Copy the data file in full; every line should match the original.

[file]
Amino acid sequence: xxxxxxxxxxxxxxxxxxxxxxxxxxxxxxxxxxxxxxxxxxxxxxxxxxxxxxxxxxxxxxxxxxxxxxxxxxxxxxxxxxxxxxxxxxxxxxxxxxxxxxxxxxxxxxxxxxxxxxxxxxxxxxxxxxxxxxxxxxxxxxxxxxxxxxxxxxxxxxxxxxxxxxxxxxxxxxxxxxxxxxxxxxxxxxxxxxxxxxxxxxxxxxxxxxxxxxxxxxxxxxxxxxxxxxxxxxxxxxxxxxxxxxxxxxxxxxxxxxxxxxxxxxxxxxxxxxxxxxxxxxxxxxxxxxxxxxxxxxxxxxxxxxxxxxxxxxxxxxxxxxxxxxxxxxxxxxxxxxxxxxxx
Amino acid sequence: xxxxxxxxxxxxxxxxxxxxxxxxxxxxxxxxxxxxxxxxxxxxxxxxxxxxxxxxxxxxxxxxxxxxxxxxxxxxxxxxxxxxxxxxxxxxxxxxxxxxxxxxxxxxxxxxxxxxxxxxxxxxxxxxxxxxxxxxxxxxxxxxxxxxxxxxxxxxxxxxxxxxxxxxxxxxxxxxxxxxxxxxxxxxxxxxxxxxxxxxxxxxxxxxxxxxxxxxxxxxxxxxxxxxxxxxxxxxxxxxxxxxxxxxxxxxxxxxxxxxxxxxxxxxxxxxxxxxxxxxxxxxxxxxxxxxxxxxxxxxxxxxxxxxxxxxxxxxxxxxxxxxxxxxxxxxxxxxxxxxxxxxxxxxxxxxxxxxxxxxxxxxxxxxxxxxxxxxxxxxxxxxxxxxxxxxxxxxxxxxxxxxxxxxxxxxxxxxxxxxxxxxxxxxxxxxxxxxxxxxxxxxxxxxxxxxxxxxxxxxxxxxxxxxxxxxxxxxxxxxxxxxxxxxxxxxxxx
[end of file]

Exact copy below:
Amino acid sequence: xxxxxxxxxxxxxxxxxxxxxxxxxxxxxxxxxxxxxxxxxxxxxxxxxxxxxxxxxxxxxxxxxxxxxxxxxxxxxxxxxxxxxxxxxxxxxxxxxxxxxxxxxxxxxxxxxxxxxxxxxxxxxxxxxxxxxxxxxxxxxxxxxxxxxxxxxxxxxxxxxxxxxxxxxxxxxxxxxxxxxxxxxxxxxxxxxxxxxxxxxxxxxxxxxxxxxxxxxxxxxxxxxxxxxxxxxxxxxxxxxxxxxxxxxxxxxxxxxxxxxxxxxxxxxxxxxxxxxxxxxxxxxxxxxxxxxxxxxxxxxxxxxxxxxxxxxxxxxxxxxxxxxxxxxxxxxxxxxxxxxxxx
Amino acid sequence: xxxxxxxxxxxxxxxxxxxxxxxxxxxxxxxxxxxxxxxxxxxxxxxxxxxxxxxxxxxxxxxxxxxxxxxxxxxxxxxxxxxxxxxxxxxxxxxxxxxxxxxxxxxxxxxxxxxxxxxxxxxxxxxxxxxxxxxxxxxxxxxxxxxxxxxxxxxxxxxxxxxxxxxxxxxxxxxxxxxxxxxxxxxxxxxxxxxxxxxxxxxxxxxxxxxxxxxxxxxxxxxxxxxxxxxxxxxxxxxxxxxxxxxxxxxxxxxxxxxxxxxxxxxxxxxxxxxxxxxxxxxxxxxxxxxxxxxxxxxxxxxxxxxxxxxxxxxxxxxxxxxxxxxxxxxxxxxxxxxxxxxxxxxxxxxxxxxxxxxxxxxxxxxxxxxxxxxxxxxxxxxxxxxxxxxxxxxxxxxxxxxxxxxxxxxxxxxxxxxxxxxxxxxxxxxxxxxxxxxxxxxxxxxxxxxxxxxxxxxxxxxxxxxxxxxxxxxxxxxxxxxxxxxxxxxxxxx